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Wong, M. E., Poon, K. K., Kaur, S., & Ng, Z. J. (2015). Parental perspectives and challenges in inclusive education in Singapore. Asia Pacific Journal of Education, 35(1), 85-97.
Relatively little work has focused on inclusive education in Singapore. This study examines the experiences and perceptions of parents whose children with disabilities are attending mainstream secondary schools in Singapore. Data was drawn from interviews with 13 parents of children with mild disabilities. Our findings reveal that parental perspective on inclusive education in Singapore is not only about classroom support but also reflects a deeper concern about whether their children with disabilities will emerge from school as contributing individuals in society. While parents strive to effectively include their children with disabilities in mainstream classrooms, there were dichotomies in their (a) understanding of disabilities, (b) expectations of school support, and (c) expectations for their child with disabilities. Given that academic and social prowess is a critical prerequisite to have a shot at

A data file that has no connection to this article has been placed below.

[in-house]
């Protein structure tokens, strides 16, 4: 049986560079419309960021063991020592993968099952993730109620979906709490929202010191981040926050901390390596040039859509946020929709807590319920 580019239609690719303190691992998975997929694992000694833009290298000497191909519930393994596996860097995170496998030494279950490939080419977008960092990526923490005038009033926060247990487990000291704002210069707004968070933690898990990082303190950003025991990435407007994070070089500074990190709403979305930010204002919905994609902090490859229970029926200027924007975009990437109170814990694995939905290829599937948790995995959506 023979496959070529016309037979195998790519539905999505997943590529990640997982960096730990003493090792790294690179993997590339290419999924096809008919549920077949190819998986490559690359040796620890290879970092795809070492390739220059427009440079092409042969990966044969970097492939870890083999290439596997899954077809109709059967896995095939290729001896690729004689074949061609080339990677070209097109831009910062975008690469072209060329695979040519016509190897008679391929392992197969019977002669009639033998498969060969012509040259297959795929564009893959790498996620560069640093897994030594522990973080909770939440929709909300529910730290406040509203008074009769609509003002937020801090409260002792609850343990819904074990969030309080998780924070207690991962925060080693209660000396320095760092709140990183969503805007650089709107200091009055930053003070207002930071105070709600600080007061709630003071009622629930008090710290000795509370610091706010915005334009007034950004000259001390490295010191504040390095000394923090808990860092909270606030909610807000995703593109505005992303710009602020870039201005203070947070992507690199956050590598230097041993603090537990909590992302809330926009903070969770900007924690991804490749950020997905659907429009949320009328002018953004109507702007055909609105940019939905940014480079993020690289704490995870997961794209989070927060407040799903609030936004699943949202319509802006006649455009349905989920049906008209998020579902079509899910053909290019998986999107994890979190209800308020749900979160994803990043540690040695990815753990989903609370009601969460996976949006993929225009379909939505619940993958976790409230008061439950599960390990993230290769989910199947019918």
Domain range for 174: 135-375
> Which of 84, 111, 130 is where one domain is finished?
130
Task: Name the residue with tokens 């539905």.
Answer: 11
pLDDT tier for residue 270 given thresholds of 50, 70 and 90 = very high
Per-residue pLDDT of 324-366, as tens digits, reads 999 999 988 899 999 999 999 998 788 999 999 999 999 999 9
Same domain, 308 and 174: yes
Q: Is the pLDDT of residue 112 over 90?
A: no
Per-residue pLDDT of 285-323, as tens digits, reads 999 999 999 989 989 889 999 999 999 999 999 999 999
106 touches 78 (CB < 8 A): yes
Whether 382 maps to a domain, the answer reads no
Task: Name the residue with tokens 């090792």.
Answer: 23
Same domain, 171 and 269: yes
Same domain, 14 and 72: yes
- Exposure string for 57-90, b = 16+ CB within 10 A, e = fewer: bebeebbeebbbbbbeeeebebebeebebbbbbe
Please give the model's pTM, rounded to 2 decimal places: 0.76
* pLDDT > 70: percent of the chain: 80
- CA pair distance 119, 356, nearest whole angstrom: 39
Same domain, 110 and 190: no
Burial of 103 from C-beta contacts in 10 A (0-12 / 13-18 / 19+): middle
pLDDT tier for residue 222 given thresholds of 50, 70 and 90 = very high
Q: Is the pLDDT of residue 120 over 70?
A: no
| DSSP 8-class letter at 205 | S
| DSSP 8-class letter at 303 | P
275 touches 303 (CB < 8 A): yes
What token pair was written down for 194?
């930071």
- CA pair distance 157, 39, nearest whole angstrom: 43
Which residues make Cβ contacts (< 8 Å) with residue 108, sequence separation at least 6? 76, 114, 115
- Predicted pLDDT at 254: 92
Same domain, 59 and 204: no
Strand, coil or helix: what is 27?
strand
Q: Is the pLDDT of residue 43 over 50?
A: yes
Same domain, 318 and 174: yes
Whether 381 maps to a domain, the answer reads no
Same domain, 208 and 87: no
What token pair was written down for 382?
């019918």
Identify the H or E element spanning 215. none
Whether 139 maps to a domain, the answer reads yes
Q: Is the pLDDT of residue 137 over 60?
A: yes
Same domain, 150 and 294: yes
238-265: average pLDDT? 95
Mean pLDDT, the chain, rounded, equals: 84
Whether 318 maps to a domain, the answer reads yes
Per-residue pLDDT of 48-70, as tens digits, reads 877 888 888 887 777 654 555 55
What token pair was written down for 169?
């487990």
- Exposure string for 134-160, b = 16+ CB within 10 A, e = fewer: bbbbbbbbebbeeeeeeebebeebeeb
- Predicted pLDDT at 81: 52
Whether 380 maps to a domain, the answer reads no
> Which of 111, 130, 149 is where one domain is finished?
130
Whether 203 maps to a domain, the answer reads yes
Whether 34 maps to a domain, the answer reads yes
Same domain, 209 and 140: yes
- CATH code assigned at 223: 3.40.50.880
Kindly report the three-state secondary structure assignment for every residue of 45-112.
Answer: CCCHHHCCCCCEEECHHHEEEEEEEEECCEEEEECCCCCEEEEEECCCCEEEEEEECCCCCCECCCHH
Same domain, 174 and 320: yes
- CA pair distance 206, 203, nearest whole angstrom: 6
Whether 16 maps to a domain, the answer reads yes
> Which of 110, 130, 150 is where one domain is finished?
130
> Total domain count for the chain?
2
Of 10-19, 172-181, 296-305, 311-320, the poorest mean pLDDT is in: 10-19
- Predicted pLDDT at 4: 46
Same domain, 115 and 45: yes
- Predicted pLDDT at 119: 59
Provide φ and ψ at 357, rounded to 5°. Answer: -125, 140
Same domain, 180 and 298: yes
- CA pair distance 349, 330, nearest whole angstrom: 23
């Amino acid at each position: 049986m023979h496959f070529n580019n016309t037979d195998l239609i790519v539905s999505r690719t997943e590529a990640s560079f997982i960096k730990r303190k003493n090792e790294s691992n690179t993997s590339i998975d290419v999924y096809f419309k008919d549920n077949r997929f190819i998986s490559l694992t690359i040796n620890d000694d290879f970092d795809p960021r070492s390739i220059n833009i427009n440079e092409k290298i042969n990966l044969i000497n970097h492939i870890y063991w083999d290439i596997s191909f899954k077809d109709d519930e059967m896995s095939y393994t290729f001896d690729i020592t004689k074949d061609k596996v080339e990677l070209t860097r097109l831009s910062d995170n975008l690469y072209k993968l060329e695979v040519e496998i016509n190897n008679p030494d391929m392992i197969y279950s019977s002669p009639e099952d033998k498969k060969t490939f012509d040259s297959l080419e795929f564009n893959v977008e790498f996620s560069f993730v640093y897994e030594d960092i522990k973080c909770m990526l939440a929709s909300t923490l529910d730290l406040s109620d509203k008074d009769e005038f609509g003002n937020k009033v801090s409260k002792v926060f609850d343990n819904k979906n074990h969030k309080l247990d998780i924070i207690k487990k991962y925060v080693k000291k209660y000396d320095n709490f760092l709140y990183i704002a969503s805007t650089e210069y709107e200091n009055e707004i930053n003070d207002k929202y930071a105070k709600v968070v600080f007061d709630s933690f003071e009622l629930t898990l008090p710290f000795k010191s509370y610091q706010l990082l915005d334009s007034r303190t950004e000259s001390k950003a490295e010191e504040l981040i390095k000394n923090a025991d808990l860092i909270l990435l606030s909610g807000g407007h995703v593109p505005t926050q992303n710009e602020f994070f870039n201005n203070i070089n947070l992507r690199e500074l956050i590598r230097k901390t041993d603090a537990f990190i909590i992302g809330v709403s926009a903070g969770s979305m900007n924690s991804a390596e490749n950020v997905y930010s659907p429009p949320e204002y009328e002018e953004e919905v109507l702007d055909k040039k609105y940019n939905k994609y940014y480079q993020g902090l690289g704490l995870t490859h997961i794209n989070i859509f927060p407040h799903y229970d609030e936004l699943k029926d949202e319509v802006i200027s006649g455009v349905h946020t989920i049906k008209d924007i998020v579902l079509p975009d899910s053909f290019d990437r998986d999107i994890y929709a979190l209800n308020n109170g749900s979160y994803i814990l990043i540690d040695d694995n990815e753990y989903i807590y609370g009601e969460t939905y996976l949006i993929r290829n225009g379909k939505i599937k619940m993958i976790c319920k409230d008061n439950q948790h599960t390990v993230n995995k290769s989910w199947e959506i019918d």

entering the meritocratic Singapore society, the tension parents experience is to gauge a reasonable amount of pressure to exert on their children, the school and themselves as they assert their children’s educational entitlements within an imperfect but evolving state of inclusion.
This is the final draft, after peer-review, of a manuscript published in Asia Pacific Journal of Education. The published version is available online at
0218-8791 (print)
1742-6855 (online)
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